Russell Banks claims in this interview linked above that when he sits on his terrace in Miami, he can see under a causeway to a little encampment of pariahs. He began to wonder about them, went down to visit, did some library research and came up with this plot to explain what was going on down there: first, a likeable but clueless young man with a pet iguana; second, a professor who knows everything except how to stop gobbling food; and third, a writer who helps to tie up the loose ends with a philosophical discussion. Since it is advertised as being about a pedophile, I had been a little worried about reading this book or even admitting that I was reading it, but believe me -- this book goes in at the shallow end of the pool. (The title is nice, but not very relevant.) Still, I’m grateful that someone presents an entering wedge that won’t make whatever middle class people are left go screaming out of the room. Banks is considered a serious and politically respectable writer.
This is not really about pedophiles or what happens to children. Believe me, this doesn’t even come close to the videos of Russian children living in sewers like packs of rats, doing sex acts for food money. No one can see them from any terrace, but try YouTube. The premise of the book is the double bind presented to sex offenders who must stay a certain distance from any place children might gather, which eliminates every habitation in the community. They have GPS monitors clamped onto their ankles. If they cut them off, they will have to leave the territory entirely. So they have to stay there under the causeway, but they can’t stay there; they would like to leave there, but they don’t have the resources to go. Prison begins to seem attractive.
Our Young Man, the “Kid,” the protagonist, has been ignored by his mother (WHAT father??), his teachers and classmates, his commanding officers in the army until they threw him out for a petty offense, and so on. The iguana is enormous, a kind of dragon watchdog except that he’s not warm to sleep with. The boy is compared to Huck Finn but Huck never had an electronic manacle on his ankle. The boy is both sustained and betrayed by technology: his computer both shows him as much porn as he can absorb and announces him a sex offender, though he’s a virgin.
The Professor, who shows up from above like a Deus ex Machina, is so fat that no one even thinks he has normal sex, though he did manage a wife and two children. He’s like a television character out of a legal crime series: “Cracker” maybe. The guy who figures it all out. So Banks is playing with us, this is true, but when this countervailing force is presented, what does that amount to? At the end he himself, The Writer, appears, walking onstage, like those Shakespearean characters who tie up all the loose ends after the action of the play has finished and the stage is littered with dead bodies.
The real subject is our incorrigible society (perhaps all societies) which insists on defining “us” a certain way and excluding all others who don’t fit that definition. The hope seems to be that they’ll simply disappear or a convenient natural disaster will wipe them out. (There’s a hurricane.) But they still hang on tenaciously, like bugs or rats. And yet the very characteristics that we blame them for (sex, predation, violence, poverty) are always right there in our own lives just under the surface.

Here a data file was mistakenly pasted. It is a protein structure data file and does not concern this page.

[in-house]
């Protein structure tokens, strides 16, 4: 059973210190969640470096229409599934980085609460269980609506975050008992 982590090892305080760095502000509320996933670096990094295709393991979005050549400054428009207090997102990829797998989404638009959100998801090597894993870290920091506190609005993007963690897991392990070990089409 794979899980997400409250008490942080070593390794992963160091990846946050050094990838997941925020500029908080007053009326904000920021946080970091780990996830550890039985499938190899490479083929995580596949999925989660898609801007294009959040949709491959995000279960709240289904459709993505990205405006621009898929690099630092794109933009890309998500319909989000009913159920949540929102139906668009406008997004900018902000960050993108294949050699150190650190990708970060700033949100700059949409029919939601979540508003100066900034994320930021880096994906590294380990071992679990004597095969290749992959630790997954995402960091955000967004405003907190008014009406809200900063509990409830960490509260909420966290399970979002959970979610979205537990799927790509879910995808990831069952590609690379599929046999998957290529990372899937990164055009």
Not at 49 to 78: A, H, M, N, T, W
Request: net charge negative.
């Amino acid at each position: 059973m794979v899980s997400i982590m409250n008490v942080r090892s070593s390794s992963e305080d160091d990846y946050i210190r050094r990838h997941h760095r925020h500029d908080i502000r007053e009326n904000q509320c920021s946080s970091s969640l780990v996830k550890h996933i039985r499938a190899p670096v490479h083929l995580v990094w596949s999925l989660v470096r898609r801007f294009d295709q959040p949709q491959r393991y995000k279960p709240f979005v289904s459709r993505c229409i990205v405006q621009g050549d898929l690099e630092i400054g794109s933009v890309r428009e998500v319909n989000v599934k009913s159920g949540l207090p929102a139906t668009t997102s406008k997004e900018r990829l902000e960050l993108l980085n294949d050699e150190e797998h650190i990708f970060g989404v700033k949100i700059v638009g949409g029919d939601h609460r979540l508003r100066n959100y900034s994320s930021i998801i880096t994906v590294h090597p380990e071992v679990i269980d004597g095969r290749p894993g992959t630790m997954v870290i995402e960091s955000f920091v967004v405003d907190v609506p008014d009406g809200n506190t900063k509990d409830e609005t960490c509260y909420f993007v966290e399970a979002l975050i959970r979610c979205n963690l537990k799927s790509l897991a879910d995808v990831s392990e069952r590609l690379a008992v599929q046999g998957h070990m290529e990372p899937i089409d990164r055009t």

If I had written this book, I would have done more with the Shyster, the lawyer “chomo” (child molester). The episode that comes closest to illustrating what I’m saying here is the one about the filming of some pre-adolescent children naked but for draperies, dancing innocently in billows of mist from a fog machine. Little Salomes pretending to be Isadora Duncan. The question the author throws out is whether this is porn for chomos or an advertisement for detergent. He’s pretty clear it’s the former, but you could fool a lot of people.
There’s a lot of geology and a certain amount of Darwin in this book. The iguana, shot by cops, is replaced by a grey parrot, partly because Banks wanted to set up a second classic echo besides Huck: “Treasure Island.” (There is no “Long Dong Silver,” however. Just an old man with a broken leg.) I kept thinking about the grey parrot (we all know how intelligent they are, thanks to the book about one) in terms of David Quammen’s hardly noticed sci-fi tale about a red parrot-like creature who is actually a very cranky alien and how critical the creature is of human arrangements. There is no actual sex act in “Lost Memory of Skin,” only references to them, usually by slang terms. Your vocabulary will be broadened, though one would have to be careful about where one used the words.
At the end the story began to ring true -- I’m talking about the sudden introduction of spies, undercover agents, informant rings and so on. All things secret tend to converge below. The death of the professor is left ambiguous but scary, as though to acknowledge that there is far more to all this than anyone realizes -- and of course there is. Human trafficking, prostitution, drugs, mafia -- it’s part of the international underculture most people hardly suspect, most cops overestimate, and the media industries love to romanticize. Other books and movies tell all about that stuff, but it’s not unrealistic for Banks to include it. The underculture is constantly fed by the people who get crowded out of the mainstream and have no other way to survive -- nor any reason to conform.
In fact, what Banks seems to understand is that after people have lived like that for a while, they are like the grey parrot whose wings have been broken and reset so it cannot fly. They will not leave their cage. Not even if they are brought out to shelters for the homeless or SRO hotels, which are only other cages anyway. Your mind becomes your cage. Maybe it already was.